Friday, May 30, 2008
Doninger v. Niehoff, ___F.3d___ (2d Cir. May 29, 2008), is a major student First Amendment free speech case. The facts are simple and straight forward. A disagreement arose concerning the "battle of the bands" concert. A high school student posted what was described as a "vulgar and misleading" message from her home on a publicly accessible web blog where among other things, she referred to the central administration as "douchebages." In turn, the school disqualified her from running for Senior Class Secretary and from speaking at graduation. Why? The administration concluded that the student's conduct "failed to display the civility and good citizenship expected of class officers."
Plaintiffs sought a preliminary injunction to allow the student to speak at graduation which presumably will occur in a few weeks. The District Court rejected plaintiffs First Amendment challenge and the Second Circuit affirmed. Significantly, the court noted that the this type of case was a bit different because the speech in question did NOT occur on school grounds or at a school event, but occurred on a blog, reasoning:
The Supreme Court has yet to speak on the scope of a school's authority to regulate expression that, like Avery's, does not occur on school grounds or at a school sponsored event. We have determined however, that a student may be disciplined for expressive conduct, even conduct occurring off school grounds, when this conduct "would foreseeably create a risk of substantial disruption within the school environment," at least when it was similarly foreseeable that off campus expression might reach campus. . . But as Judge Newman accurately observed some years ago, "territoriality is not necessarily a useful concept in determining the limit of [school administrators'] authority." True enough in 1979, this observation is even more apt today, when students both on and off campus routinely participate in school affairs, as well as other expressive activity unrelated to the school community, via blog postings, instant messaging, and other forms of electronic communication.
The court held that it was reasonably foreseeable that the posting would reach campus and that the posting created a substantial risk of disruption because of the language utilized, that the student encouraged others to conduct the administration, and because her message was misleading which caused rumors to be circulated. Students were "all riled up" and threatened a "sit in".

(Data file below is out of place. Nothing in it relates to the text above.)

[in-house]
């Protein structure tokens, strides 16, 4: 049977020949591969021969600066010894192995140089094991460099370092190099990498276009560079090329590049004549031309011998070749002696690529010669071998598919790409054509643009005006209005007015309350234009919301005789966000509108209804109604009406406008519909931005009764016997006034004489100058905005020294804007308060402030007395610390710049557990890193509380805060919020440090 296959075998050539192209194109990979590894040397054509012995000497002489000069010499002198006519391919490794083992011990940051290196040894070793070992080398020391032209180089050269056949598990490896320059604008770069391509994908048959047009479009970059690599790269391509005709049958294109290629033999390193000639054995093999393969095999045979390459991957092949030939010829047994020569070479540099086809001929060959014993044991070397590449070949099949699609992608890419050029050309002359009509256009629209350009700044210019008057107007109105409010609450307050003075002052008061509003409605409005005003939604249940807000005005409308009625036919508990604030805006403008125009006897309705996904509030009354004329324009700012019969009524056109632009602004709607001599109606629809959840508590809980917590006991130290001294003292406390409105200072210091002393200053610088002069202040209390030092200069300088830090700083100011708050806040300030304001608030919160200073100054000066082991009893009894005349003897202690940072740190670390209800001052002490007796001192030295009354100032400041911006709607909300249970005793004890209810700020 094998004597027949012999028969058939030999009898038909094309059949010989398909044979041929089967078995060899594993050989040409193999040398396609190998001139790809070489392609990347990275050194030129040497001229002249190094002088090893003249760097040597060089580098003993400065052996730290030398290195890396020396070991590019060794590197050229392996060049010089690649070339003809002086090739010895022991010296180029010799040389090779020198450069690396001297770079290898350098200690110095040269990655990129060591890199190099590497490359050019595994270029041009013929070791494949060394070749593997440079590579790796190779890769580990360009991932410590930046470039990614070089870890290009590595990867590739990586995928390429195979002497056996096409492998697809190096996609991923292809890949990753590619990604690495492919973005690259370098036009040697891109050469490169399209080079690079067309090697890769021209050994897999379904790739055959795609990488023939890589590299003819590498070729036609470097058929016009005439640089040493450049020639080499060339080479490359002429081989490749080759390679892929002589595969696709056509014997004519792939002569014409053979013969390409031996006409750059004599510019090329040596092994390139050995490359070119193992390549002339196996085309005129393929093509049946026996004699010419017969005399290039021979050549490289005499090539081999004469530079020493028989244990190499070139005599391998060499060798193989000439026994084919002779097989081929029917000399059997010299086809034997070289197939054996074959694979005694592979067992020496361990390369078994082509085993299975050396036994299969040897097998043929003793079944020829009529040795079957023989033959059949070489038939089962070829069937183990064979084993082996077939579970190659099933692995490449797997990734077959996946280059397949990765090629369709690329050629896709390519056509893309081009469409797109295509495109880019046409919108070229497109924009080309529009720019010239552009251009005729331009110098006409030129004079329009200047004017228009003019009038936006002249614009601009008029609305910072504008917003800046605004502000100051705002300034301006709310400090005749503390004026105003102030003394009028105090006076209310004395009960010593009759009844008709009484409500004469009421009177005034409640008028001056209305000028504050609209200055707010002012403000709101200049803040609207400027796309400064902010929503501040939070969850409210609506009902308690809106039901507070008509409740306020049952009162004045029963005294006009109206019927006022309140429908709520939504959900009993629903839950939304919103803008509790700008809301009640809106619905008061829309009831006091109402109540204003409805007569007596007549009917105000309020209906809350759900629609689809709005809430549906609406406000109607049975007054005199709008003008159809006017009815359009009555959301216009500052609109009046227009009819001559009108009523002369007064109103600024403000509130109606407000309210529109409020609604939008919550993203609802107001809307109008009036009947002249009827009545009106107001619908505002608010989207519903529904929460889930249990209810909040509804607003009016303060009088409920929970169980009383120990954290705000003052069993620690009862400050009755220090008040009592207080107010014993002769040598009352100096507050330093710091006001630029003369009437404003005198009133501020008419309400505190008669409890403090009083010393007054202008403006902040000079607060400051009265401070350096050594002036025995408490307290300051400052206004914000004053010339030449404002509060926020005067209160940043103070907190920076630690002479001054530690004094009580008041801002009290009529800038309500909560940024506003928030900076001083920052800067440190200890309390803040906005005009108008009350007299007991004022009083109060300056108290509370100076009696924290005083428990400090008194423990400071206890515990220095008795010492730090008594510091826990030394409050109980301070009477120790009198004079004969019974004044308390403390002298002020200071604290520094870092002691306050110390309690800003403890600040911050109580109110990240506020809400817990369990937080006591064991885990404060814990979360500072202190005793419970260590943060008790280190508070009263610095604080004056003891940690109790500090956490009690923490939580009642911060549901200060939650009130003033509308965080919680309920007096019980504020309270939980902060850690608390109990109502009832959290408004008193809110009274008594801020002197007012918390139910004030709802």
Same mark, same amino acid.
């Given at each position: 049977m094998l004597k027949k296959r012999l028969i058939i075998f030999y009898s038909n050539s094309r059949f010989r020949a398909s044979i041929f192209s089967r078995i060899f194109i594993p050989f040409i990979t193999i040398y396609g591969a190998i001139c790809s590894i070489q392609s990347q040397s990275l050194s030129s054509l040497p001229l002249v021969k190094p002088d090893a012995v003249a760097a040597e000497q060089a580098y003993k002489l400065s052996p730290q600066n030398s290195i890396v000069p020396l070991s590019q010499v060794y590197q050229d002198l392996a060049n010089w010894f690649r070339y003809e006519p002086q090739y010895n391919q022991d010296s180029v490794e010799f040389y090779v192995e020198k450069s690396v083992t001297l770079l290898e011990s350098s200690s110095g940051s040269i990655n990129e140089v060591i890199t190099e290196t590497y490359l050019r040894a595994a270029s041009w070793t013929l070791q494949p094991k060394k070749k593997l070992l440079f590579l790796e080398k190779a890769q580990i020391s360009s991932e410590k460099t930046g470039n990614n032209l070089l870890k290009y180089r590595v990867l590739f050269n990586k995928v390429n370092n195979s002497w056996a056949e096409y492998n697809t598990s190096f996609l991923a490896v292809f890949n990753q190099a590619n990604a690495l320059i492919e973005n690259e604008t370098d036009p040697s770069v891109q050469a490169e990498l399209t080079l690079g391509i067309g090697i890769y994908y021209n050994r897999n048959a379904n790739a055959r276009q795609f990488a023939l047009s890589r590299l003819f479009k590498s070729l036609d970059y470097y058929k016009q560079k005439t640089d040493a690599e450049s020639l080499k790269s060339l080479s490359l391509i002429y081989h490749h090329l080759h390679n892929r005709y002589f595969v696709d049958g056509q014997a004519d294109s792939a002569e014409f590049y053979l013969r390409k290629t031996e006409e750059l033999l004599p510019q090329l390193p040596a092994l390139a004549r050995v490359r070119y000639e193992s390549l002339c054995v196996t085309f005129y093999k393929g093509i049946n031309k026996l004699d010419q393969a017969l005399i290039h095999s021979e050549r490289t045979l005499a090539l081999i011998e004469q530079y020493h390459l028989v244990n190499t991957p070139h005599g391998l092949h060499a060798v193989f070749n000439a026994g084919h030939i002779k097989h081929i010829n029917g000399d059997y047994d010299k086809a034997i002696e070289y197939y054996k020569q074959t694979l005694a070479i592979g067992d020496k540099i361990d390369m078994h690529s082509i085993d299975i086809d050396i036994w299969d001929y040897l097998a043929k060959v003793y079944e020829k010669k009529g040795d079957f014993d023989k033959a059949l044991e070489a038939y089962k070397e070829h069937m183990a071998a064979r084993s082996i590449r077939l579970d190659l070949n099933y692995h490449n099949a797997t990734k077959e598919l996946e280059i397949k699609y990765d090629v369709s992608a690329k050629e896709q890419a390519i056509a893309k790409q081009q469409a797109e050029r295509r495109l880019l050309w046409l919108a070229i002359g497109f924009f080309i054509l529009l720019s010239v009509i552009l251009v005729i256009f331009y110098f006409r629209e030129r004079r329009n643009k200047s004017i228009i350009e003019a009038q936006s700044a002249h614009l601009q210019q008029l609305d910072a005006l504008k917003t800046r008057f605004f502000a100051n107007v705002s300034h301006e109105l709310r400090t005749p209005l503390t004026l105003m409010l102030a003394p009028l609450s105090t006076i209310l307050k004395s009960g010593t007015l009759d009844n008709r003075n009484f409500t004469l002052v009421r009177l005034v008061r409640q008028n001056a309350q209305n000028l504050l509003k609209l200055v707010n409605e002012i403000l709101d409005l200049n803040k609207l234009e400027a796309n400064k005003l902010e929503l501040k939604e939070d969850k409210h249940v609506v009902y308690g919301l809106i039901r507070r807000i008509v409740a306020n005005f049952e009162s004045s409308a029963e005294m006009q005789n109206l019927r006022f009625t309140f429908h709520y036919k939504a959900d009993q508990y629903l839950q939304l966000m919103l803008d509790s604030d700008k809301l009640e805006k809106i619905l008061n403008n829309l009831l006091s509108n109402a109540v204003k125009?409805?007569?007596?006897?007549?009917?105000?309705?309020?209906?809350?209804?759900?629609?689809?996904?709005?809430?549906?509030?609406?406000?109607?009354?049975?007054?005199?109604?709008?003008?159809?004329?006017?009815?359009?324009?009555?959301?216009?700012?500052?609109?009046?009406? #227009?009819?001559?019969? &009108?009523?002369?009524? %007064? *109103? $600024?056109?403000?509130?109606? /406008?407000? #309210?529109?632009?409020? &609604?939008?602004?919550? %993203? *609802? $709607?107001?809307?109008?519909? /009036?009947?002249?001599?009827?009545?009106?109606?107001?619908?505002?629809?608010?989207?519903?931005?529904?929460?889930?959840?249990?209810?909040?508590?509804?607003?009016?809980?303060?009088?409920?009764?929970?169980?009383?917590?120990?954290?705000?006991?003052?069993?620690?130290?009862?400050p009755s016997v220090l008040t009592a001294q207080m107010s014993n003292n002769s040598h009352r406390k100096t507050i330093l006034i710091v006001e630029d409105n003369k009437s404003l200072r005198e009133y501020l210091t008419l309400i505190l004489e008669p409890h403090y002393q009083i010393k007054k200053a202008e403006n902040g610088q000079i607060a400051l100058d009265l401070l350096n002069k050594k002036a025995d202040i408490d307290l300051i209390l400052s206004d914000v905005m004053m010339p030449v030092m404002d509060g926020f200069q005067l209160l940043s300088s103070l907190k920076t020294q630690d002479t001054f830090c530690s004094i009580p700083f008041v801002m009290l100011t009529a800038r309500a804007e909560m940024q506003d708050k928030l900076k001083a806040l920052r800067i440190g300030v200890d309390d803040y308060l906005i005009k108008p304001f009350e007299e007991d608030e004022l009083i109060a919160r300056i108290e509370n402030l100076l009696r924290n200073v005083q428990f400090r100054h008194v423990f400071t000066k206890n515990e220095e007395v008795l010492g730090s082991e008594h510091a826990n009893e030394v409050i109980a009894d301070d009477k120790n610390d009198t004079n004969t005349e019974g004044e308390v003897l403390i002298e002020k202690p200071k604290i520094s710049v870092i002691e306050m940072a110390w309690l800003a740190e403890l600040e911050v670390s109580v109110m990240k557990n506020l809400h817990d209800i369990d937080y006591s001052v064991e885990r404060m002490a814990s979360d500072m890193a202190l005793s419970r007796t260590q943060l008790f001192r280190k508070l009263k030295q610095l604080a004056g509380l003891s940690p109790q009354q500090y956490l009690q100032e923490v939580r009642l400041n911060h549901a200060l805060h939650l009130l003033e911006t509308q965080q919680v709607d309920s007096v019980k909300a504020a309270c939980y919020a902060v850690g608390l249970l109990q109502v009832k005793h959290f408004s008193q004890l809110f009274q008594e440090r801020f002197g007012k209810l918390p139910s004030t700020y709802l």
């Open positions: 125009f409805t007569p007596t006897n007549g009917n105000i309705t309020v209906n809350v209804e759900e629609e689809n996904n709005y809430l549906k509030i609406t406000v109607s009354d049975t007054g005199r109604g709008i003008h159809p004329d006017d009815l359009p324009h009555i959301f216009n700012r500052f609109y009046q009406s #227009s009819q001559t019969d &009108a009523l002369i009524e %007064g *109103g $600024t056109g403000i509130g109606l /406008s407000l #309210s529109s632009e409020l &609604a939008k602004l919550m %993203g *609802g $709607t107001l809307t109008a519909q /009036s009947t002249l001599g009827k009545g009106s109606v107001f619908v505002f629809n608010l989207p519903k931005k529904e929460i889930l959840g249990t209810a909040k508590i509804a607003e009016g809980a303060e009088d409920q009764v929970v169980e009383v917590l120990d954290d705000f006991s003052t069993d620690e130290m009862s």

Come on! While I believe the court applied the correct body of First Amendment jurisprudence, its reasoning is extreme and out of touch with reality. As the court also noted, this was a good student. She had a disagreement with the school and used the word "douchebages." She attempted to obtain support from her fellow classmates. The speech was off campus and the speaker was a senior high school student. This is exactly what the First Amendment protects. If this type of speech is not protected, then what type of speech will be protected? Is a student limited to merely saying "I disagree" or "please Mr. principal, change your mind."
Is the problem with the speech here that the word "douchebages" was used? If so, then the court is completely out of touch how students and others (lawyers too) talk to one another. Was there a real threat of disruption? I think not. The court appearantly "feared" disruption because the student sought support from others. However, that is exactly what the First Amendment protects. Does speech become disruptive because "rumors" circulate and others-repeat others-threaten a sit in?? It might be a bit differerent if the plaintiff was advocating a sit in or some type of violence. But that was not this case.
There is a second very unique part of this decision. The court noted that a relatively minor penalty was imposed (plaintiff could run for class office or speak at graduation) and hinted that a more severe penalty may have raised other constitutional concerns. What concerns would they be? Equal Protection? Due Process? The court here is deciding whether speech is protected under the First Amendment. I fail to see, how the level of penalty is a relevant consideration for First Amendment purposes.
As this case demonstrates, students have very limited First Amendment protections. Perhaps, this case will start a trend where students may look to the Equal Protection Clause and the Due Process Clause and challenge the level of discipline imposes. This issue is certainly ripe for law review commentary.
Mitchell H. Rubinstein